TrueCrypt, widely used by many people to secure their sensitive data shocked its users when it posted a notification on its official website that “TrueCrypt is not secure” and recommended BitLocker instead. We covered this in a previous post but decided to dig a little deeper.
TrueCrypt’s developers are still a mystery and used to go under the handles of “ennead” and “syncon” which was later replaced by “The TrueCrypt Foundation”. It is noted that the TrueCrypt trademark was registered in the Czech Republic under name of “David Tesařík” and it appears that David. T has written as one of the devs of TrueCrypt before with a Czech e-mail address which would also perhaps explain the less than perfect English and the strange manner of the notice.
“David” was contacted by Steven Barnhart @stevebarnhart through one of the e-mails he found available and purportedly received several replies from him. A summary is as follows of a Twitter conversation between Professor Matthew Green (who heads the audit of TrueCrypt) and Steven.
TrueCrypt Developer “David”: “I were happy with the audit, it didn’t spark anything. We worked hard on this for 10 years, nothing lasts forever.”
Steven Barnhart: (Paraphrasing) Developer “personally” feels that fork is harmful: “The source is still available as a reference though.”
Steven Barnhart: “I asked and it was clear from the reply that “he” believes forking’s harmful because only they are really familiar w/code.”
Steven Barnhart: “Also said no government contact except one time inquiring about a ‘support contract.’ ”
TrueCrypt Developer “David”: Said “Bitlocker is ‘good enough’ and Windows was original ‘goal of the project.’ ”
Quoting TrueCrypt Developer David: “There is no longer interest.”
In light of this it is possible that the notice that “TrueCrypt is insecure” merely meant that
All is not lost as the Open Crypto Audit project is still proceeding to audit TrueCrypt’s security and potentially build from it.
The latest working copy of TrueCrypt with full capabilities is still TrueCrypt 7.1a which you can download here (at entirely your own risk). You can use a site like OnlineMD5 to verify its hash. It is to be noted that Bruce Schneier on the audit project is moving back to PGPDisk to encrypt his data.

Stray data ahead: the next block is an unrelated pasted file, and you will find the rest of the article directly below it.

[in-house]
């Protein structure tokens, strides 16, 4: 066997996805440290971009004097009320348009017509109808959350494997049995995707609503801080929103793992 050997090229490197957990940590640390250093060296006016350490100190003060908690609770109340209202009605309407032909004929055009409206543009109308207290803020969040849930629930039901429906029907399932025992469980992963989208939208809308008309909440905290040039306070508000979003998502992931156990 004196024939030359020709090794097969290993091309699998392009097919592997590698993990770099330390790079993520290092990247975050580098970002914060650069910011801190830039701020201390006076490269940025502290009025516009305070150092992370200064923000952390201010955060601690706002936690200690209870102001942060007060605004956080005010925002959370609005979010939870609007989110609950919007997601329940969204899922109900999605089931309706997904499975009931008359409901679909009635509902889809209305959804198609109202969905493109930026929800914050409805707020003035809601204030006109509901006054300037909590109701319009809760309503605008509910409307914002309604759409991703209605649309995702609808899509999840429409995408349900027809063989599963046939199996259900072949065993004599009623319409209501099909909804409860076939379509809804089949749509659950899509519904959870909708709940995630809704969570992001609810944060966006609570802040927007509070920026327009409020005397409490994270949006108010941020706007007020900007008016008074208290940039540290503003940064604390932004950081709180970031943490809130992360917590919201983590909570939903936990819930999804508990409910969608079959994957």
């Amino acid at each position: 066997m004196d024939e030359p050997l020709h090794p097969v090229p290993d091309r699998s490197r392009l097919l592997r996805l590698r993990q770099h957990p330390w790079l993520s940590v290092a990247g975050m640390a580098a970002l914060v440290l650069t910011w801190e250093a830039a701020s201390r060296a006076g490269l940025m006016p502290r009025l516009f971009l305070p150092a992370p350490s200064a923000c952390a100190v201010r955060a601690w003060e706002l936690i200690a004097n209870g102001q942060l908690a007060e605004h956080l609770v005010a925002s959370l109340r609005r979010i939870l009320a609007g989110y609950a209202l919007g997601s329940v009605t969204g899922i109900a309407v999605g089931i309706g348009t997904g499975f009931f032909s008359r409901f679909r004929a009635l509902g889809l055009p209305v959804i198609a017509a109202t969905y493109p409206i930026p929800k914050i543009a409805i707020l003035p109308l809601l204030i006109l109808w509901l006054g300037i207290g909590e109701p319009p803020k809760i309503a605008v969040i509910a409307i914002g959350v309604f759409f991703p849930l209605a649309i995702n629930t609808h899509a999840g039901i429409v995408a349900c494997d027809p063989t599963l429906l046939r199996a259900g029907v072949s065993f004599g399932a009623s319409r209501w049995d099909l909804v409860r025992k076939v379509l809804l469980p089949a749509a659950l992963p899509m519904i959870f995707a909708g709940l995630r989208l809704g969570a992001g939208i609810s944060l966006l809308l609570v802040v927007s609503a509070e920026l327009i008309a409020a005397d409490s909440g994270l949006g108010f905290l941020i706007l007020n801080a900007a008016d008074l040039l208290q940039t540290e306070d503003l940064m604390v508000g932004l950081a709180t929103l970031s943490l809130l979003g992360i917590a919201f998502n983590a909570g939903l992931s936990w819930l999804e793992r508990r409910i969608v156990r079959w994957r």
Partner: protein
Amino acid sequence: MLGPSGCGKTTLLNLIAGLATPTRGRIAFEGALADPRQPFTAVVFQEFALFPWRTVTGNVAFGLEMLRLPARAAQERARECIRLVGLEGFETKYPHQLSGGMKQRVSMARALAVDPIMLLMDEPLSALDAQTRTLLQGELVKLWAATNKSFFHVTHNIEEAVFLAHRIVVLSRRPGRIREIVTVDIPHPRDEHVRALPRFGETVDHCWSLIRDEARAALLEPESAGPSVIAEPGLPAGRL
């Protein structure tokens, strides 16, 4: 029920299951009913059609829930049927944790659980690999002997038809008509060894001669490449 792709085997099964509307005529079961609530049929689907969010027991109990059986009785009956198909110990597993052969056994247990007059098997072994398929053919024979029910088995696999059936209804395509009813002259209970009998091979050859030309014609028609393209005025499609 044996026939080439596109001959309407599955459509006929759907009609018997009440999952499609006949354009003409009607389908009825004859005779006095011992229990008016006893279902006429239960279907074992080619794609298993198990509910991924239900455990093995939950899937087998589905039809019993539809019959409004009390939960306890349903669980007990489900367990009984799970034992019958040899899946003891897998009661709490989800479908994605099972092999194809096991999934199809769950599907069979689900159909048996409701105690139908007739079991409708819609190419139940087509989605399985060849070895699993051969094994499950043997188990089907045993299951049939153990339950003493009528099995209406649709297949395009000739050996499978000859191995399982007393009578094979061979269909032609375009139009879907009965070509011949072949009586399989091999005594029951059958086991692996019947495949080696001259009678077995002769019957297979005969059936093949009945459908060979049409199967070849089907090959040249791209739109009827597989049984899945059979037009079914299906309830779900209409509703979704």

There is also an interesting viewpoint (if speculative) posted by Bill Cole on Krebson Security:
The iSec initial audit report was very critical of the TC code quality, and implied that it looks like the work of a single coder. There was no update for 2 years. The build process requires a 20 year old MS compiler, manually extracted from an exe installer.
Imagine yourself as the lead/solo developer working on TC. No one pays you for this, governments hate you, much of the crypto community is throwing rocks at you while your user community spends half of its time joining in with clueless paranoia and the other half whining about feature gaps (e.g. GPT boot disks.) You have to eat, so you have a real paying job. You’re not so young any more (doing the TC crap for a decade) and maybe the real job now includes responsibilities that crowd out side work. Or maybe you’ve got a family you love more than the whiny paranoids you encounter via TC. And now iSec is telling you your code is sloppy and unreadable, and that you should take on a buttload of mind-numbing work to pretty it up so they will have an easier time figuring out where some scotch-fueled coding session in 2005 ( or maybe something you inherited from a past developer) resulted in a gaping exploitable hole that everyone will end up calling a NSA backdoor.
Maybe you just toss it in. Why not? Anyone with a maintained OS has an integrated alternative and as imperfect as they may be, they are better than TC for most users. Maintaining TC isn’t really doing much good for many people and the audit just pushed a giant steaming pile of the least interesting sort of maintenance into top priority. Seems like a fine time to drop it and be your kids’ soccer coach.
If you’re into getting more confused, you can read a good summary and possible theories here.